- Devine Collections founder and CEO Mercy Maluli said starting a business does not require much capital; she had just KSh 5,000 pocket money when she started
- Maluli revealed she ventured into fashion, selling men’s boxers and socks, while still in college and her business recorded tremendous growth because of her determination
- She said she sold men’s clothes because the clients are loyal and patient when it comes to meeting quality
Owning a successful business is everyone’s dream, especially when you are a young and daring woman who aspires to change the world using her money.
But not many young people realise this dream, and one of the reasons may be because they did not find a niche market where their businesses could grow and thrive.
Divine Collections founder
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In an exclusive interview with TUKO.co.ke, Mercy Maluli, founder and chief executive officer of Divine Collections, one of the largest stores for luxury menswear in Kenya, indicated identifying your niche market is very important.
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Maluli, who now doubles as a real estate developer, explained that she chose to deal in men’s clothes because men are loyal and patient.
“I used to do ladies while in school because it was convenient to move around in girls hostels and sell. Men are easy to convince, unlike women who will tell you I have this brand I want, I know the shop I go for,” said Maluli at her shop in Yaya Center, Nairobi.
She started while in college
Maluli said she started her business while on campus and that she was a fashion model during her First Year. She used her pocket money, KSh 5,000 to be exact.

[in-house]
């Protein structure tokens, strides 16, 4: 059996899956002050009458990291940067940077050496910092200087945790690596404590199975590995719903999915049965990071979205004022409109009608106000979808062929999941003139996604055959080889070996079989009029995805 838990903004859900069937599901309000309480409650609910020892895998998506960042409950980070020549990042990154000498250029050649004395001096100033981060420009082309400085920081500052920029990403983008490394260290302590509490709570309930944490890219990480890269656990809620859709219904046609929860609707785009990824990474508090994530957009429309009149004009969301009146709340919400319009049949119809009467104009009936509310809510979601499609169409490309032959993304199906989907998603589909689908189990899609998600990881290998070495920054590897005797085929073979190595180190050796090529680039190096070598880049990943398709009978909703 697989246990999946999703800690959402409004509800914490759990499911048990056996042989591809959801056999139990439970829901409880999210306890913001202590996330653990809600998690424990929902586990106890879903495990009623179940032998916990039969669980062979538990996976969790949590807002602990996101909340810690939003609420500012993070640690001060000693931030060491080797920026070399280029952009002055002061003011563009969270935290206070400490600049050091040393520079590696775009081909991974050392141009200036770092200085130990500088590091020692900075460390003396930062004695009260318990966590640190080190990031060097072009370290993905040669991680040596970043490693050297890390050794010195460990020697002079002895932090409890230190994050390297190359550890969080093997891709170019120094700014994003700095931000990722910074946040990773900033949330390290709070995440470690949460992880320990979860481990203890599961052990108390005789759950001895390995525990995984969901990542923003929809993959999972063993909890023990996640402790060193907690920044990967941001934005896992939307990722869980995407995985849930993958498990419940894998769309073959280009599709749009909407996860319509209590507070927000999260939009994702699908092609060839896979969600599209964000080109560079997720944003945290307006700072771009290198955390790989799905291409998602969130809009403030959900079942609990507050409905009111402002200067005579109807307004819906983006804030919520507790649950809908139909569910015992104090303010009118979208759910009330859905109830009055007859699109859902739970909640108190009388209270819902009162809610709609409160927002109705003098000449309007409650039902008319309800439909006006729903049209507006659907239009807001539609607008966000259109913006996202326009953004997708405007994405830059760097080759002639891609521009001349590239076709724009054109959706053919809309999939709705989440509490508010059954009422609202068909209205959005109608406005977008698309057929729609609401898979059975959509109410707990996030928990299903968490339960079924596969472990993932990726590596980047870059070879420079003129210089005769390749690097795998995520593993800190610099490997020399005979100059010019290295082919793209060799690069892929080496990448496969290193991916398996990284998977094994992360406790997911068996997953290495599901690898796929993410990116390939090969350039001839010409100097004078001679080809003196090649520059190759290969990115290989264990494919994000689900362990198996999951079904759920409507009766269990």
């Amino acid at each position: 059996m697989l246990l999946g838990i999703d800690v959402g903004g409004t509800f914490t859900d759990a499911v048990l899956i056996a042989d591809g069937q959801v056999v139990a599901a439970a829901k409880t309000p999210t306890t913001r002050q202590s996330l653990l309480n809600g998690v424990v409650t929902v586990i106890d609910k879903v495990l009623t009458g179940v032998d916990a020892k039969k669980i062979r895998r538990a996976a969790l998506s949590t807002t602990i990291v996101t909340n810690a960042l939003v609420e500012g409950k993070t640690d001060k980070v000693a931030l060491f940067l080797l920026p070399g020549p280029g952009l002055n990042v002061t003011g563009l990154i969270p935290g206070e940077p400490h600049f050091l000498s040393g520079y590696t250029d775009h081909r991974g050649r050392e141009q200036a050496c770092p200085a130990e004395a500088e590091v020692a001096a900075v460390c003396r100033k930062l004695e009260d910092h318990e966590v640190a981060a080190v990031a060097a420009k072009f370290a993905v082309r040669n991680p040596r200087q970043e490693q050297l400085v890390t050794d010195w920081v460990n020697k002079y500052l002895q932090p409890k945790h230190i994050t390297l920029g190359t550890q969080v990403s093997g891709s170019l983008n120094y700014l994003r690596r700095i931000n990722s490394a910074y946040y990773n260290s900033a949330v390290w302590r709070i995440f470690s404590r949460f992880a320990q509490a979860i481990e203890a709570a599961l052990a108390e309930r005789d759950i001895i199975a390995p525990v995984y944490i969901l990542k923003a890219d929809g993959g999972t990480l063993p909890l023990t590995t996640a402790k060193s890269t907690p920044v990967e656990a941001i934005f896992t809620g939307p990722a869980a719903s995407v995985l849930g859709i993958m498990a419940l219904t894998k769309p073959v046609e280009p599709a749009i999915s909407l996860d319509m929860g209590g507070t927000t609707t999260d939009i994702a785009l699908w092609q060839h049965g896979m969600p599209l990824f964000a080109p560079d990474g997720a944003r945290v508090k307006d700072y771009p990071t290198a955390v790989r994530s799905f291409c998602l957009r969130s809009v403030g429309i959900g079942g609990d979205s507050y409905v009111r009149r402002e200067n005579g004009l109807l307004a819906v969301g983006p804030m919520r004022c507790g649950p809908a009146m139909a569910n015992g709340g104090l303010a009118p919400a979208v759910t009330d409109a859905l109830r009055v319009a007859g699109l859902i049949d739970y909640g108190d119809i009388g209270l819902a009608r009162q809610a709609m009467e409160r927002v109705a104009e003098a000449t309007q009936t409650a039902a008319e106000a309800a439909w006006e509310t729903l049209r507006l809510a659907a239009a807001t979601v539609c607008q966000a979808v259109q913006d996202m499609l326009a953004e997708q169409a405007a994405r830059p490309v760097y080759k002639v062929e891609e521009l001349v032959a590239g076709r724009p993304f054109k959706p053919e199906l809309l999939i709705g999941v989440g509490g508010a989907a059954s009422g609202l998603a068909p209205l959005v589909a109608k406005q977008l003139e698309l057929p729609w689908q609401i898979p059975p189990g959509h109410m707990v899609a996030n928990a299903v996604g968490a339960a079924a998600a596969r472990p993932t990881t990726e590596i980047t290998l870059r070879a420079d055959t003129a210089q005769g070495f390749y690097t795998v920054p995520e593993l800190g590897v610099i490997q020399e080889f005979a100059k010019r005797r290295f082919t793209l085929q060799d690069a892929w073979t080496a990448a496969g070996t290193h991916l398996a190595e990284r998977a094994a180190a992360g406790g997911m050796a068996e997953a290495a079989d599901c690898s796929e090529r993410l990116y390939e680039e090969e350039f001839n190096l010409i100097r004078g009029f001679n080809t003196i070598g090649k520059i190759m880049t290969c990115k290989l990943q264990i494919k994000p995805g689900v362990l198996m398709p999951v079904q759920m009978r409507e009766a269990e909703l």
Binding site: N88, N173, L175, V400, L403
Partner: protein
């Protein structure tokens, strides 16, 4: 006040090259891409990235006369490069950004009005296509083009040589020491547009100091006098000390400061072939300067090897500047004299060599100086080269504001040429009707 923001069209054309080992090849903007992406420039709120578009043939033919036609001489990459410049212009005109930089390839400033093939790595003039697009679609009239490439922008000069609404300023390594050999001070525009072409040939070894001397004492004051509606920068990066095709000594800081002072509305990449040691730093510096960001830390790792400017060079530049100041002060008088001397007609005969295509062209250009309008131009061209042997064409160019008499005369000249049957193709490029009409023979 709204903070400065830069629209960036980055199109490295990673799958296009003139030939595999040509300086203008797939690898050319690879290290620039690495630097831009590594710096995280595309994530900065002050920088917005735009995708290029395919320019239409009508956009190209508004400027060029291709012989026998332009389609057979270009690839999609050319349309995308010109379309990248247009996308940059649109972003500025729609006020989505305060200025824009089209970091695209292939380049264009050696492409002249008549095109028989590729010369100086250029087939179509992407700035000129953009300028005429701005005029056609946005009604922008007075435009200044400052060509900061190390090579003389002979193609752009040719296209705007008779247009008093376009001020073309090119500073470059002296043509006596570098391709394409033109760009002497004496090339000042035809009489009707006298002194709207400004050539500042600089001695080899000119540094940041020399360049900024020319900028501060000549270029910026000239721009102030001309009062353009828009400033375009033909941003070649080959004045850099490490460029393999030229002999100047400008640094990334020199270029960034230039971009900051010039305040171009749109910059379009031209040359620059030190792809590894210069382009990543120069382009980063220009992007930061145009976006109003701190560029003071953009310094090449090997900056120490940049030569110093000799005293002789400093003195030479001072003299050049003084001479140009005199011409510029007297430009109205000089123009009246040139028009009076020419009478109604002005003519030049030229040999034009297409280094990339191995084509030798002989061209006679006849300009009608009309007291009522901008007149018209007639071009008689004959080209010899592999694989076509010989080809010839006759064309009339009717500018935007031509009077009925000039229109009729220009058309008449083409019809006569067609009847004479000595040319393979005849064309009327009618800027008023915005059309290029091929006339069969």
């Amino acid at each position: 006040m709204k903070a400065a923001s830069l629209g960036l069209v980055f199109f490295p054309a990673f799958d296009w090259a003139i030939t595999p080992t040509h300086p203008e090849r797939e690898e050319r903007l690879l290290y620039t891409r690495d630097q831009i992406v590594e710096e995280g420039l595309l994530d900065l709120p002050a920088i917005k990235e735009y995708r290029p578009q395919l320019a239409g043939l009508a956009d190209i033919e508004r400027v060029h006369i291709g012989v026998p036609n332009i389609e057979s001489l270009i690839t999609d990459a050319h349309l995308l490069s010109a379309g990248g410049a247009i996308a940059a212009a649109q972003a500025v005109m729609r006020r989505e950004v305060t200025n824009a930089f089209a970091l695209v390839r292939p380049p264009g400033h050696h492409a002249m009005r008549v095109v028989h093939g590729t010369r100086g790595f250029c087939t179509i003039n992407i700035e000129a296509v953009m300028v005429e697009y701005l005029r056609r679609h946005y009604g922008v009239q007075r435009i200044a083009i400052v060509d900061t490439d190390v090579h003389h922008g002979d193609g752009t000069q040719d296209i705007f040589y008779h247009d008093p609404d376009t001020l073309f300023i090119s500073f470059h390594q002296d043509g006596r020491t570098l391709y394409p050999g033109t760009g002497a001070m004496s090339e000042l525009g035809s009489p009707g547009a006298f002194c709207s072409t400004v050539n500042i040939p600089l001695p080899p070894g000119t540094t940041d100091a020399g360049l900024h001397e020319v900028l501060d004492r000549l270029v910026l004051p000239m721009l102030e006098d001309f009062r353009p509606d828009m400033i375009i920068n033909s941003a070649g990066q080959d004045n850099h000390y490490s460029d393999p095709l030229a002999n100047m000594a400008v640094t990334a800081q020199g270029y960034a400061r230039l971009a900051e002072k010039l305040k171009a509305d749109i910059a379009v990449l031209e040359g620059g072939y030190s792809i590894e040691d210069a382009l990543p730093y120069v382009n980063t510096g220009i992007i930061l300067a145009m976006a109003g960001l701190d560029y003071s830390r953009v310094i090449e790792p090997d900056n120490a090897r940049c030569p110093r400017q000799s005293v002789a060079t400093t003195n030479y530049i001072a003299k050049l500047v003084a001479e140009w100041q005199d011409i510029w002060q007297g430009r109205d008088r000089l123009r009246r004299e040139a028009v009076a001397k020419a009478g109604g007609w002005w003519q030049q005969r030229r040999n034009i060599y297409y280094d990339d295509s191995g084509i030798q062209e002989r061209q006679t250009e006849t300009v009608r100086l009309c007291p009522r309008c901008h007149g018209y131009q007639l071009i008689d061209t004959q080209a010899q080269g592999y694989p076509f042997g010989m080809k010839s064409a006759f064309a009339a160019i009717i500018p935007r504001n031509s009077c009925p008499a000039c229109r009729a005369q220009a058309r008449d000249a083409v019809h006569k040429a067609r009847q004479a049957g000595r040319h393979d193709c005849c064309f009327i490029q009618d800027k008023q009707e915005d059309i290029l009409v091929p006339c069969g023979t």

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“I started going to Gikomba market to get some mtumba tops for ladies. At 4 am, I could wake up and head to the market. I loved Mtumba so much. I was to make sure that I am back in school at 10 am to attend my classes,” she said.
By the time Maluli was done with college, the market had changed, and the competition had become stiff, so she turned to men’s socks and boxers, and the business started booming.
“I could make a profit of KSh 50,000 per month,” said Maluli, adding that selling menswear was easy because she could focus on one customer at a time.
“I started handling one client at a time. I could spend the KSh 50,000 profit doing quality shopping depending on the client order. The returns were crazy. I could get 100% profit back. I could get a nice trouser and shirt for $2 dollars and sell it easily to the client.”
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Kenya’s fashion industry is competitive
According to Maluli, the fashion industry in Kenya is competitive with women taking a centre stage in the market.
The competition, she said, kept her going as she continued challenging herself. Looking at her competitors, she knew that there was no time to rest.
Maluli said she talked to friends who became customers and brought more clients to the shop, and she marketed the business without expecting much from it.
“Networking is the key to unlocking your friend. If you have five friends, talk to them and let them tell their friends too.”
“You also need to understand your customers. What I look for in business is customer relations and not profit. Listening to their views and complaints has enabled me to thrive, even during tough times like the COVID-19 pandemic.”
Maluli is passionate about touching lives and going forward she plans to open up more branches and venture into the manufacturing line to create more jobs.
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“I will be opening new branches, I want to create jobs for over 1,000 people. I feel great when I touch a life. I will bring the productions in Turkey and Italy here in Kenya,” she said.
She advised startups and Small and Medium Enterprises (SMEs) to focus, work hard and be disciplined to be able to succeed in
a competitive market.
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